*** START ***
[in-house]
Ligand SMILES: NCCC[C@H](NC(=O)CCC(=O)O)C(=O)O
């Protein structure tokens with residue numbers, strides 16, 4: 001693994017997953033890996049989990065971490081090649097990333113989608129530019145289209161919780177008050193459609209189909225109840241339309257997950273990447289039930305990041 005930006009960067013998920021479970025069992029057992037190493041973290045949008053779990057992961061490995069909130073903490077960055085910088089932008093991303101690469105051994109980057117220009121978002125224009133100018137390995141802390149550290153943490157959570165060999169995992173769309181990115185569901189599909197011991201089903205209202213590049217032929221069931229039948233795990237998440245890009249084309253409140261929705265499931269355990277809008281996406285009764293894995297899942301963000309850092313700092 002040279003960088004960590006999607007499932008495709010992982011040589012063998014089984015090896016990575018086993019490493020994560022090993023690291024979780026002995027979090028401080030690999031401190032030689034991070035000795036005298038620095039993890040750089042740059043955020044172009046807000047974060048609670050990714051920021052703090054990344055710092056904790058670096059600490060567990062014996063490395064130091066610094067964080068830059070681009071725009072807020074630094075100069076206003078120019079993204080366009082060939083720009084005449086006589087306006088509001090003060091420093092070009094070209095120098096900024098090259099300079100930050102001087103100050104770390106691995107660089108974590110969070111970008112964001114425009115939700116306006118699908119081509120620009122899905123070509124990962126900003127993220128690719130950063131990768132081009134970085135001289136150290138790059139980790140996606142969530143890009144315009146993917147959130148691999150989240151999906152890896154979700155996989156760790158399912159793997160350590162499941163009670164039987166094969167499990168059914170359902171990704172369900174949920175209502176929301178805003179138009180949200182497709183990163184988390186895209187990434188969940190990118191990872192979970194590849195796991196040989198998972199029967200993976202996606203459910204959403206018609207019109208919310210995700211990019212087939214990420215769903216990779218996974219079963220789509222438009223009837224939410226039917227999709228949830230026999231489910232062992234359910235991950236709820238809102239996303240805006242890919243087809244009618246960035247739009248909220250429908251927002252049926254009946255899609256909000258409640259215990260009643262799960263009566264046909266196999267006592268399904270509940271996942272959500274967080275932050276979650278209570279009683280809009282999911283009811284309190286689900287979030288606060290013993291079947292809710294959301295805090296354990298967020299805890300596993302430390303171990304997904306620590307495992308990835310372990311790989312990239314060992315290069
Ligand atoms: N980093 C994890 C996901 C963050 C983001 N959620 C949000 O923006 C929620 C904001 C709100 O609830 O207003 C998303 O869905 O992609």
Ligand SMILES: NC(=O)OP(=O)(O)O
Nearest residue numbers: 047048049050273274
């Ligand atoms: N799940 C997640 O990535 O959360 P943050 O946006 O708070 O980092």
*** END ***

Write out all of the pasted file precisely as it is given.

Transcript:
[in-house]
Ligand SMILES: NCCC[C@H](NC(=O)CCC(=O)O)C(=O)O
């Protein structure tokens with residue numbers, strides 16, 4: 001693994017997953033890996049989990065971490081090649097990333113989608129530019145289209161919780177008050193459609209189909225109840241339309257997950273990447289039930305990041 005930006009960067013998920021479970025069992029057992037190493041973290045949008053779990057992961061490995069909130073903490077960055085910088089932008093991303101690469105051994109980057117220009121978002125224009133100018137390995141802390149550290153943490157959570165060999169995992173769309181990115185569901189599909197011991201089903205209202213590049217032929221069931229039948233795990237998440245890009249084309253409140261929705265499931269355990277809008281996406285009764293894995297899942301963000309850092313700092 002040279003960088004960590006999607007499932008495709010992982011040589012063998014089984015090896016990575018086993019490493020994560022090993023690291024979780026002995027979090028401080030690999031401190032030689034991070035000795036005298038620095039993890040750089042740059043955020044172009046807000047974060048609670050990714051920021052703090054990344055710092056904790058670096059600490060567990062014996063490395064130091066610094067964080068830059070681009071725009072807020074630094075100069076206003078120019079993204080366009082060939083720009084005449086006589087306006088509001090003060091420093092070009094070209095120098096900024098090259099300079100930050102001087103100050104770390106691995107660089108974590110969070111970008112964001114425009115939700116306006118699908119081509120620009122899905123070509124990962126900003127993220128690719130950063131990768132081009134970085135001289136150290138790059139980790140996606142969530143890009144315009146993917147959130148691999150989240151999906152890896154979700155996989156760790158399912159793997160350590162499941163009670164039987166094969167499990168059914170359902171990704172369900174949920175209502176929301178805003179138009180949200182497709183990163184988390186895209187990434188969940190990118191990872192979970194590849195796991196040989198998972199029967200993976202996606203459910204959403206018609207019109208919310210995700211990019212087939214990420215769903216990779218996974219079963220789509222438009223009837224939410226039917227999709228949830230026999231489910232062992234359910235991950236709820238809102239996303240805006242890919243087809244009618246960035247739009248909220250429908251927002252049926254009946255899609256909000258409640259215990260009643262799960263009566264046909266196999267006592268399904270509940271996942272959500274967080275932050276979650278209570279009683280809009282999911283009811284309190286689900287979030288606060290013993291079947292809710294959301295805090296354990298967020299805890300596993302430390303171990304997904306620590307495992308990835310372990311790989312990239314060992315290069
Ligand atoms: N980093 C994890 C996901 C963050 C983001 N959620 C949000 O923006 C929620 C904001 C709100 O609830 O207003 C998303 O869905 O992609």
Ligand SMILES: NC(=O)OP(=O)(O)O
Nearest residue numbers: 047048049050273274
């Ligand atoms: N799940 C997640 O990535 O959360 P943050 O946006 O708070 O980092």